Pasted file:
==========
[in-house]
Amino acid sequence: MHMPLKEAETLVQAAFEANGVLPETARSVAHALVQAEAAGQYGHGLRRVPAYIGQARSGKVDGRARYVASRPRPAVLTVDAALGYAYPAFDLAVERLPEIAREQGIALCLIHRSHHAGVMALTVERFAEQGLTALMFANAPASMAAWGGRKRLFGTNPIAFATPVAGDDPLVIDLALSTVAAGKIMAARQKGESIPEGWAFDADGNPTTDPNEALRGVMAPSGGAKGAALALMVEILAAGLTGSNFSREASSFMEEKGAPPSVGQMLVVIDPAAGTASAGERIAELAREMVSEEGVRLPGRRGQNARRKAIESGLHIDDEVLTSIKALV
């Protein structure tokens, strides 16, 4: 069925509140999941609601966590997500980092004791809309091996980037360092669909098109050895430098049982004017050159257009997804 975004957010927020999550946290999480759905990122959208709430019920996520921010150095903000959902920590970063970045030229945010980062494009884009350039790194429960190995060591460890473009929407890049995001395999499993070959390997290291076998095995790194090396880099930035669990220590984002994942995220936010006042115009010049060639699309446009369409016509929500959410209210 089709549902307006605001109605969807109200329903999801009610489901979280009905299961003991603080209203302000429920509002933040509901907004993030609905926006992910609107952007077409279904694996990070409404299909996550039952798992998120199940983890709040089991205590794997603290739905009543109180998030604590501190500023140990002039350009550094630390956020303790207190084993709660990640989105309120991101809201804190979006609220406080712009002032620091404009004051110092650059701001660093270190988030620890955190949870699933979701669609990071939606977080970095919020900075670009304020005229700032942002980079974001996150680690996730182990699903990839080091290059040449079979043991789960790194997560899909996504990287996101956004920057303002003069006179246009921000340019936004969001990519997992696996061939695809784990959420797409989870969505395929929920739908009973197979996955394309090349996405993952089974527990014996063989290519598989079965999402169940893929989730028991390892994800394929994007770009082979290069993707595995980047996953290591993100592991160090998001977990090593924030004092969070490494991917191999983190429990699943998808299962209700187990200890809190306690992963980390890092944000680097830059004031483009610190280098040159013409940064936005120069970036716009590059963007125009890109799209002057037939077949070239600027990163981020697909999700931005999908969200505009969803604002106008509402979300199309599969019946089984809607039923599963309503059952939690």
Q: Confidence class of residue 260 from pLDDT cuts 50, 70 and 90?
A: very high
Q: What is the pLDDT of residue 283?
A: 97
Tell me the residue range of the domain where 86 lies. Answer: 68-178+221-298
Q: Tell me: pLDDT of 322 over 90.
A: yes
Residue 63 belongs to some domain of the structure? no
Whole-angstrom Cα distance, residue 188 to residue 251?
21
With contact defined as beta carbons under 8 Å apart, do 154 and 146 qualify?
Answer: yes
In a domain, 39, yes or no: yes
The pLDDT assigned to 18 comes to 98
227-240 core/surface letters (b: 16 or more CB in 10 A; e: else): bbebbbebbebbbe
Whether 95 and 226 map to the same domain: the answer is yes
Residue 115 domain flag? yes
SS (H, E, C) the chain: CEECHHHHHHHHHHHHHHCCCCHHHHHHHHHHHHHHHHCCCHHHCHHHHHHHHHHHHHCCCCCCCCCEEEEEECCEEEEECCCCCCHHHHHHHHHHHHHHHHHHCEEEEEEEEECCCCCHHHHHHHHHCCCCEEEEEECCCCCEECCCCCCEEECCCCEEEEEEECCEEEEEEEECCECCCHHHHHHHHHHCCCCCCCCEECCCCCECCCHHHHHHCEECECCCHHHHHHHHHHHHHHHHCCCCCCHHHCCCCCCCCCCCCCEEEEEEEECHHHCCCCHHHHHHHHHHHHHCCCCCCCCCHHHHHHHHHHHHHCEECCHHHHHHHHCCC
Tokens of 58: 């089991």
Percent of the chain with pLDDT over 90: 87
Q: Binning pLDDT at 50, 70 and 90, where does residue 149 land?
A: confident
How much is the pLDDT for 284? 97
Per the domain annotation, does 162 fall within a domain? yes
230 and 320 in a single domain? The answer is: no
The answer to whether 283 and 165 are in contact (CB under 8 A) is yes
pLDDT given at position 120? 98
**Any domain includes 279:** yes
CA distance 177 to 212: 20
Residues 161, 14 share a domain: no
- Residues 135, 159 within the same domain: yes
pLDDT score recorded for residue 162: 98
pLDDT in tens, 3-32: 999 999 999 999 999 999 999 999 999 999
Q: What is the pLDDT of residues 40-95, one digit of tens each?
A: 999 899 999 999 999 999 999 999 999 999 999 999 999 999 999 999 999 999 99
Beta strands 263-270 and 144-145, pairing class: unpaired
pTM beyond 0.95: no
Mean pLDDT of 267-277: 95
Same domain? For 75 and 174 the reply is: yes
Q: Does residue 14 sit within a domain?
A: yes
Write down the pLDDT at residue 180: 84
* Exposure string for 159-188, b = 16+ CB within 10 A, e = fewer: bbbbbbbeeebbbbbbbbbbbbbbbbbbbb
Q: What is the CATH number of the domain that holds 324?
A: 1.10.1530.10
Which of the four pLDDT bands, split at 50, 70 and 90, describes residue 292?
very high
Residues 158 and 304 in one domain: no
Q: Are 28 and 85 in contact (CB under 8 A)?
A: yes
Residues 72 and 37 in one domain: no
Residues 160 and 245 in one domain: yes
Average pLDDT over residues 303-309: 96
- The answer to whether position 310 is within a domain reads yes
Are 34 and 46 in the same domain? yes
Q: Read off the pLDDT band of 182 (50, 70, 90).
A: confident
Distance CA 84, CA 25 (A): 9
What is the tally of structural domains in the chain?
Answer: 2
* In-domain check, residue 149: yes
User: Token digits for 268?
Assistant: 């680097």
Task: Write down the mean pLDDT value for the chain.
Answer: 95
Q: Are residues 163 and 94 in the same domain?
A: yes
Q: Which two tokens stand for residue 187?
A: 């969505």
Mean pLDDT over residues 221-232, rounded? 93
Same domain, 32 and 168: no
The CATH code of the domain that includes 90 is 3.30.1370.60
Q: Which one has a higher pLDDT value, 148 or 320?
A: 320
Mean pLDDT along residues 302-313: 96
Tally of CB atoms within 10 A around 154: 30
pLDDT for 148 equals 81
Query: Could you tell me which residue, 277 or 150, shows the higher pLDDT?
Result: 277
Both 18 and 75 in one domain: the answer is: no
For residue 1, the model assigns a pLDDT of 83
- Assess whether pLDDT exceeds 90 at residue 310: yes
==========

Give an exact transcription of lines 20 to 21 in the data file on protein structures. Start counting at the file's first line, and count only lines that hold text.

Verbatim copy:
Residue 115 domain flag? yes
SS (H, E, C) the chain: CEECHHHHHHHHHHHHHHCCCCHHHHHHHHHHHHHHHHCCCHHHCHHHHHHHHHHHHHCCCCCCCCCEEEEEECCEEEEECCCCCCHHHHHHHHHHHHHHHHHHCEEEEEEEEECCCCCHHHHHHHHHCCCCEEEEEECCCCCEECCCCCCEEECCCCEEEEEEECCEEEEEEEECCECCCHHHHHHHHHHCCCCCCCCEECCCCCECCCHHHHHHCEECECCCHHHHHHHHHHHHHHHHCCCCCCHHHCCCCCCCCCCCCCEEEEEEEECHHHCCCCHHHHHHHHHHHHHCCCCCCCCCHHHHHHHHHHHHHCEECCHHHHHHHHCCC